Scientists and public health officials assess risks to human health based on the entire body of evidence, rather than individual scientific studies. The evidence is considered by panels of experts in this field. We look to such expert reviews for advice on mobile devices, masts and health. We only consider the opinion of panels commissioned by recognised national or international health agencies, for example, the World Health Organization (WHO), The Health Council of the Netherlands (HCN), The Swedish Radiation Safety Authority (SSM) (formerly the Swedish Radiation Protection Authority - SSI) and Public Health England (formerly the UK Health Protection Agency (HPA).

Since 2001, there have been a significant number of expert reviews of scientific research studies into mobiles, masts and health published by expert panels around the world. This page contains a summary of reviews published from 2006 to date. See the table of expert reviews for a complete list of reviews meeting our standards of scientific rigour.

In May 2011, an expert group from the International Agency for Research on Cancer (IARC), a specialist agency within the World Health Organization (WHO), announced its cancer hazard assessment for radiofrequency signals (RF), including those from broadcast, mobile communications, microwaves and radar.

IARC classified RF as “possibly carcinogenic to humans (Group 2B), based on an increased risk for glioma, a malignant type of brain cancer, associated with wireless phone use”. The full findings of the group's work were published on 19th April 2013, in IARC Monograph 102, and confirmed the 2B classification from May 2011.

The WHO will produce an RF health risk assessment based on a review of the scientific evidence for all potential health effects of exposure to RF fields, which will be informed by the IARC classficiation and is anticipated in 2015/16.

The International Commission on Non-Ionizing Radiation Protection (ICNIRP), a non-governmental organisation formally recognised by the World Health Organization, provides guidance on limiting human exposure to RF fields. See their 1998 guidelines which, in August 2009, ICNIRP confirmed were still valid.

International Commission on Non-Ionizing Radiation Protection (ICNIRP)

In July 2009, the International Commission on Non-Ionizing Radiation Protection (ICNIRP) published a review “Exposure to high frequency electromagnetic fields, biological effects and health consequences (100 kHz-300 GHz)”. This review is an important input to the WHO health risk assessment process and forms the basis for a thorough re-evaluation of ICNIRP’s science-based guidance on limiting exposure to electromagnetic fields.

In this review, extending to more than 350 pages, ICNIRP provides its detailed analysis and discussion on the implications for health of studies published after release of their 1998 exposure guidelines, which, in August 2009, ICNIRP confirmed were still valid.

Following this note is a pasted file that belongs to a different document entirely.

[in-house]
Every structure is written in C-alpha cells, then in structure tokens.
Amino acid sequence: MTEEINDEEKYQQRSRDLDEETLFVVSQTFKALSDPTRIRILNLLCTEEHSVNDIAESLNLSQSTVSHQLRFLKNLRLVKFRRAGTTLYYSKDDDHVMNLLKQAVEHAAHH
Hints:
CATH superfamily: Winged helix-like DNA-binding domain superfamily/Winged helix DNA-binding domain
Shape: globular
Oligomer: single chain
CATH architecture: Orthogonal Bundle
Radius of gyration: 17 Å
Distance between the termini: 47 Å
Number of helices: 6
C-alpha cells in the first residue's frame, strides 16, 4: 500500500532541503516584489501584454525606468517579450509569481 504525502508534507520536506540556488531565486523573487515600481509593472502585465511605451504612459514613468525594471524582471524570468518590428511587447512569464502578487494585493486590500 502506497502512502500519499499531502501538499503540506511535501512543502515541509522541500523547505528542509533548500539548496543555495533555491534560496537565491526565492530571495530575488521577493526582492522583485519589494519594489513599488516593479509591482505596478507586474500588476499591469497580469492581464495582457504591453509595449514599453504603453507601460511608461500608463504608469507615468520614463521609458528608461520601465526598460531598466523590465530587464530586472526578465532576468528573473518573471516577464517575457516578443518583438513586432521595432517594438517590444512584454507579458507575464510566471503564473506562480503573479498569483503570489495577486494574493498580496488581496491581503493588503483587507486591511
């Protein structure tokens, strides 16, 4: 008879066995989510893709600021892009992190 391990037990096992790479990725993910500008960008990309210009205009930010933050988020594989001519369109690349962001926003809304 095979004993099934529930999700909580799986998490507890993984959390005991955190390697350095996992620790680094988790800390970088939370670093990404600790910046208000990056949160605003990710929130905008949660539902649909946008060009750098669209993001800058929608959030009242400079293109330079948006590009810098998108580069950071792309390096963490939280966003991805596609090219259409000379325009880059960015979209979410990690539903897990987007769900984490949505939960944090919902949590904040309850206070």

This review is consistent with earlier expert review findings that, apart from RF heating, there is still no convincing evidence for adverse health effects from the low level RF fields from mobile devices and base stations.

ICNIRP's full conclusions on experimental studies of RF biological effects can be found in section II.6.2 of the review, here are some extracts:

"...Whilst it is in principle impossible to disprove the possible existence of non-thermal interactions, the plausibility of various non-thermal mechanisms that have been proposed is very low."

“Concerning cancer-related effects, the recent in vitro and animal genotoxicity and carcinogenicity studies are rather consistent overall and indicate that such effects are unlikely at SAR levels up to 4 W kg-1...”

“The evidence from double-blind provocation studies suggests that subjective symptoms, such as headaches, that have been identified by some individuals as associated with RF exposure, whilst real enough to the individuals concerned, are not causally related to EMF exposure.”

“The experimental data do not suggest so far that children are more susceptible than adults to RF radiation, but few relevant studies have been conducted.”

ICNIRP’s full conclusions on epidemiology can be found in section III.8 of the review, here are some example extracts:

“Results of epidemiological studies to date give no consistent or convincing evidence of a causal relation between RF exposure and any adverse health effect. On the other hand, these studies have too many deficiencies to rule out an association ...”

“Although the likelihood is low that fields emanating from base stations would create a health hazard, because of their weakness, this possibility is nevertheless a concern for many people ... On the one hand, results from valid studies would be of value in relation to a social concern; on the other hand, it would be difficult to design and conduct a valid study, and there is no scientific point in conducting an invalid one ...”